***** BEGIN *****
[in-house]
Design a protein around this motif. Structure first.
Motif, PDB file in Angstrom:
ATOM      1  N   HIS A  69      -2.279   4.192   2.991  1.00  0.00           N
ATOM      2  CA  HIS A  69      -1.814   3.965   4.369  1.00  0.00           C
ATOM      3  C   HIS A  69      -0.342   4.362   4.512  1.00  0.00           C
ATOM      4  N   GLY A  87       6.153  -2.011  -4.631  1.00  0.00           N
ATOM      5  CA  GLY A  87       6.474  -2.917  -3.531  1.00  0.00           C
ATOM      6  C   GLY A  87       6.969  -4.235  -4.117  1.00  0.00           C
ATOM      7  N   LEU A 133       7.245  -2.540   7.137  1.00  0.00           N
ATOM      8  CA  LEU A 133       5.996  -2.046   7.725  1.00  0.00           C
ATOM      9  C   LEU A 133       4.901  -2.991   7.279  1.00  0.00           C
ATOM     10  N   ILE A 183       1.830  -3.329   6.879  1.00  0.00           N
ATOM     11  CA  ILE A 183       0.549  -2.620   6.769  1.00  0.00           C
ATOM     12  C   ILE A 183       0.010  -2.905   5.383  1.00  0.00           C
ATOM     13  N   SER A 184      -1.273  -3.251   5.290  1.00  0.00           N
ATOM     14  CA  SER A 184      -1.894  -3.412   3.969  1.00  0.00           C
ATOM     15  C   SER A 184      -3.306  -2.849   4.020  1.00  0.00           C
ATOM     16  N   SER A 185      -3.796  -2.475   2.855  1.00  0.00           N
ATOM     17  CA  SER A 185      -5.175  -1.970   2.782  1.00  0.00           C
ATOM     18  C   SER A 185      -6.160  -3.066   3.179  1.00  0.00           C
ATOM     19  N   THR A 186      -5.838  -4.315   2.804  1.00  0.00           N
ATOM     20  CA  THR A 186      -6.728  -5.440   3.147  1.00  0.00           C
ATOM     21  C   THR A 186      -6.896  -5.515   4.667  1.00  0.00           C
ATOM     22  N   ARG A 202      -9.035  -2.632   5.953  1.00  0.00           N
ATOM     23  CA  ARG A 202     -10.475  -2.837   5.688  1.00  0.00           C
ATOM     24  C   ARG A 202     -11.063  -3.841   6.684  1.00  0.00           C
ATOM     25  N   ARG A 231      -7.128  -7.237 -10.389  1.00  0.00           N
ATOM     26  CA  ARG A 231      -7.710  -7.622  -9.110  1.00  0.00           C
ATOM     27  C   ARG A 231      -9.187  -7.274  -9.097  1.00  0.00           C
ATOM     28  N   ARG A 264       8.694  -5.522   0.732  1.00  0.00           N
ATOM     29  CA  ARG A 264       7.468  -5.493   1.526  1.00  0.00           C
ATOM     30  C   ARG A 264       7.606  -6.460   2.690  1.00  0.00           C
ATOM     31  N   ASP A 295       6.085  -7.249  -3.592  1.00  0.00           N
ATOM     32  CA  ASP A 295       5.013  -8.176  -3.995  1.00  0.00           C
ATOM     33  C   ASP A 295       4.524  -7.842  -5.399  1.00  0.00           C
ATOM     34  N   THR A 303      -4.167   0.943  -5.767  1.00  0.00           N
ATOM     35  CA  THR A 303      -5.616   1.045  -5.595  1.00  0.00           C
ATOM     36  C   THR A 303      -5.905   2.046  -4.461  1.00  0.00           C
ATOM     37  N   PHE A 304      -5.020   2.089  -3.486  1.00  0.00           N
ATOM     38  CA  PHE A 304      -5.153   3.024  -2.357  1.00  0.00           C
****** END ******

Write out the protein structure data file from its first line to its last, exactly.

[in-house]
Design a protein around this motif. Structure first.
Motif, PDB file in Angstrom:
ATOM      1  N   HIS A  69      -2.279   4.192   2.991  1.00  0.00           N
ATOM      2  CA  HIS A  69      -1.814   3.965   4.369  1.00  0.00           C
ATOM      3  C   HIS A  69      -0.342   4.362   4.512  1.00  0.00           C
ATOM      4  N   GLY A  87       6.153  -2.011  -4.631  1.00  0.00           N
ATOM      5  CA  GLY A  87       6.474  -2.917  -3.531  1.00  0.00           C
ATOM      6  C   GLY A  87       6.969  -4.235  -4.117  1.00  0.00           C
ATOM      7  N   LEU A 133       7.245  -2.540   7.137  1.00  0.00           N
ATOM      8  CA  LEU A 133       5.996  -2.046   7.725  1.00  0.00           C
ATOM      9  C   LEU A 133       4.901  -2.991   7.279  1.00  0.00           C
ATOM     10  N   ILE A 183       1.830  -3.329   6.879  1.00  0.00           N
ATOM     11  CA  ILE A 183       0.549  -2.620   6.769  1.00  0.00           C
ATOM     12  C   ILE A 183       0.010  -2.905   5.383  1.00  0.00           C
ATOM     13  N   SER A 184      -1.273  -3.251   5.290  1.00  0.00           N
ATOM     14  CA  SER A 184      -1.894  -3.412   3.969  1.00  0.00           C
ATOM     15  C   SER A 184      -3.306  -2.849   4.020  1.00  0.00           C
ATOM     16  N   SER A 185      -3.796  -2.475   2.855  1.00  0.00           N
ATOM     17  CA  SER A 185      -5.175  -1.970   2.782  1.00  0.00           C
ATOM     18  C   SER A 185      -6.160  -3.066   3.179  1.00  0.00           C
ATOM     19  N   THR A 186      -5.838  -4.315   2.804  1.00  0.00           N
ATOM     20  CA  THR A 186      -6.728  -5.440   3.147  1.00  0.00           C
ATOM     21  C   THR A 186      -6.896  -5.515   4.667  1.00  0.00           C
ATOM     22  N   ARG A 202      -9.035  -2.632   5.953  1.00  0.00           N
ATOM     23  CA  ARG A 202     -10.475  -2.837   5.688  1.00  0.00           C
ATOM     24  C   ARG A 202     -11.063  -3.841   6.684  1.00  0.00           C
ATOM     25  N   ARG A 231      -7.128  -7.237 -10.389  1.00  0.00           N
ATOM     26  CA  ARG A 231      -7.710  -7.622  -9.110  1.00  0.00           C
ATOM     27  C   ARG A 231      -9.187  -7.274  -9.097  1.00  0.00           C
ATOM     28  N   ARG A 264       8.694  -5.522   0.732  1.00  0.00           N
ATOM     29  CA  ARG A 264       7.468  -5.493   1.526  1.00  0.00           C
ATOM     30  C   ARG A 264       7.606  -6.460   2.690  1.00  0.00           C
ATOM     31  N   ASP A 295       6.085  -7.249  -3.592  1.00  0.00           N
ATOM     32  CA  ASP A 295       5.013  -8.176  -3.995  1.00  0.00           C
ATOM     33  C   ASP A 295       4.524  -7.842  -5.399  1.00  0.00           C
ATOM     34  N   THR A 303      -4.167   0.943  -5.767  1.00  0.00           N
ATOM     35  CA  THR A 303      -5.616   1.045  -5.595  1.00  0.00           C
ATOM     36  C   THR A 303      -5.905   2.046  -4.461  1.00  0.00           C
ATOM     37  N   PHE A 304      -5.020   2.089  -3.486  1.00  0.00           N
ATOM     38  CA  PHE A 304      -5.153   3.024  -2.357  1.00  0.00           C